Saturday, February 6, 2010

Standardized testing shouldn't determine educational worth!

As a whole, I think of myself as an intelligent, well-spoken and confident individual. Yet, today, I feel as stupid as I can feel, and it is all because of today's LSAT. After the test, I felt like vomitting.

For those of you unfamiliar with the LSAT, it is the Law School Admissions Test and consists of five sections and a writing sample (which isn't scored...of course, my best area isn't even scored!). There are three types of sections that make up the LSAT--reading comprehension, logical reasioning and, my personal enemy, analytical reasoning. Every LSAT has 2 logical reasoning, 1 reading comprehension and 1 analytical reasioning. BUT...there is one more open section that could be either another reading comprehension or an analytical reasoning.

Just my luck, today I had two analytical reasoning sections. It is truly my worst nightmare as my brain doesn't think in the confines of this section as quickly as the 35 minutes allots.

For the past two years, I've been contemplating, dreaming about and analyzing going back into graduate school. Going back and forth between music, advertising, business and veterinary medicine, I keep returning to law school as it has been a repeated calling of mine. Even my General Manager has stated to me a few times that "(I) should be lawyer."

Five years ago before graduating college, I took the LSAT but decided to move to Phoenix instead of going straight into school. When Phoenix didn't work out the way I wanted, I came home and immediately found a job in Chicago. I put off returning to graduate school, because I wanted to prove that I could make it in the real world, which I did. However, the pride I felt at paying my own bills was stifled by my repeated questioning if "sales" is really my professional calling. Quite frankly, I don't want to be in sales forever. Regardless of my success, it's not something I feel I could sustain for the next forty years and remain happy.

Still, the thought of sitting for the LSAT has really made me nervous due to its end-all decision whether or not law schools see you as a viable and deserving candidate for acceptance.

You see, every law school puts more stress on the LSAT score than it does on everything else a student and/or working professional has accomplished. So, when I realized that I had 2 analytical reasoning sections, I felt screwed from the start. On top of the analytical reasoning, there was a time during section 2 that I could not focus on the questions, which resulted in me spending 5 minutes reading and re-reading one page of questions. And not even attempting to answer them!

This frustration only reaffirms my hatred at the United States educational systems. More indubitably, standardized testing. From high school, my hatred of standardized testing has been a recurring theme of my life. What is that test that we had to take before college? The ACT (the one that scores up to 36)??? Yeah, that I got a 22...twice.

I had a 3.75 GPA in high school and was in English AP, which was the first time any AP class was offered at my high school. Do you think that the ACT concretely and accurately gauged my intelligence and capability? No, it obviously did not.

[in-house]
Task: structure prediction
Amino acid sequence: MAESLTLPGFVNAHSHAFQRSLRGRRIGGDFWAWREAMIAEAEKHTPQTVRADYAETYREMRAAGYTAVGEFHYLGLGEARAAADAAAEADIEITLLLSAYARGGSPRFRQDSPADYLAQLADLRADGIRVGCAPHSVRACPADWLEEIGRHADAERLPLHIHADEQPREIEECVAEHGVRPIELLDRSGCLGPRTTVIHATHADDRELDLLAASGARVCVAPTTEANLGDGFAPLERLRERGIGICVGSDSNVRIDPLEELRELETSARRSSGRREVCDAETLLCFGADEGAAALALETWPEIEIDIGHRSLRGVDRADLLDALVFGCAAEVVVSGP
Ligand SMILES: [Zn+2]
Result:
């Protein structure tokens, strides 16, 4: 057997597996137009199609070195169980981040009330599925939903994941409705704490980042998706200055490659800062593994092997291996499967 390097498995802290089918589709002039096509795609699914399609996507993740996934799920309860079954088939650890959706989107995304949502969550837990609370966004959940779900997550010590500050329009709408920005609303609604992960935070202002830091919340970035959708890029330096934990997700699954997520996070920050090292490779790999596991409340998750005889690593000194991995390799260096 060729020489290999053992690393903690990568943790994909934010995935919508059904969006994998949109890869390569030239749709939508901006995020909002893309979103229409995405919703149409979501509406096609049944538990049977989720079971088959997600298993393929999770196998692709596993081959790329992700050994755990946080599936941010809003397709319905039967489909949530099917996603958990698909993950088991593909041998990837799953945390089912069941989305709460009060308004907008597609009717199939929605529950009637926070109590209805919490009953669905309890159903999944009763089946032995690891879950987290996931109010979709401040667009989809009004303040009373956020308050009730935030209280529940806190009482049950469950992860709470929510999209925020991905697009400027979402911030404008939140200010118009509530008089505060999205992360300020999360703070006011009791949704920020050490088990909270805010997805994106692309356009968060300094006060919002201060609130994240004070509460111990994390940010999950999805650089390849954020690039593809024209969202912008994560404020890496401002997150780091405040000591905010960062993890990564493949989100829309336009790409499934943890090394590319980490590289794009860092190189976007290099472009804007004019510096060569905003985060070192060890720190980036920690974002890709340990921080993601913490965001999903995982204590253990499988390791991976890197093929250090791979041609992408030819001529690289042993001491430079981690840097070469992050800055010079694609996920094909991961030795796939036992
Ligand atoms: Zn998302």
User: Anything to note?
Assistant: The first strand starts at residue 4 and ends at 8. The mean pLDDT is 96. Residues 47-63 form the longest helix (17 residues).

This fact is proven that in college, I became very active in organizations, residence life, IM's and graduated in honors with a 3.61 GPA.

When I was younger, I was clinically diagnosed with ADD. I was told that I could grow out of many of the prepubescent symptoms with proper dedication, teaching and focus. And I did. Nevertheless, I still could not focus during testing and quiet restrains of classes. I contribute this to be a leading factor at my overall impediments and shortcomings to my performance.

Leading into this LSAT as adult with involvement in two philanthropic organizations (one of which that asked me to be on its board-as the youngest board member), supportive upper management, successful professional experience and my previous collegiate GPA, I still don't feel confident that these components will be enough. Perhaps its the fact that I always think I could have done something better and different.

But I know that I'm better than what that test may be. I know my worth as not only a student but also as a formidable candidate for law school. I just hate that rejection or acceptance can be as impersonal and biased on a single score.

Furthermore, I hate the fact that those that scored well on the LSAT but had a much lower GPA than others will have an easier time of acceptance. Just because they scored well on a test. You can see this if you research some law school's acceptance requirements wherein the LSAT must be 155 or higher, but the GPA minimum could be 3.20!!!

Which is more important? The person or the test? It is my personal believe that a test should not be deeming one adequate.

My friends keep encouraging me to remain positive, and I will. My life isn't defined by this test. My life is defined by me, and me alone. And I choose to not let this LSAT be my end-all decision.


  1. Hang in there! I'm sure you did better than you're anticipating.

    I also, fully understand you! I had a 3.72 gpa at Millikin and scored a 147 on my LSAT. I was, then, rejected from 10 out of 11 schools that I applied to. SIGH.

    I love you!

  2. just completing the test is a great achievement.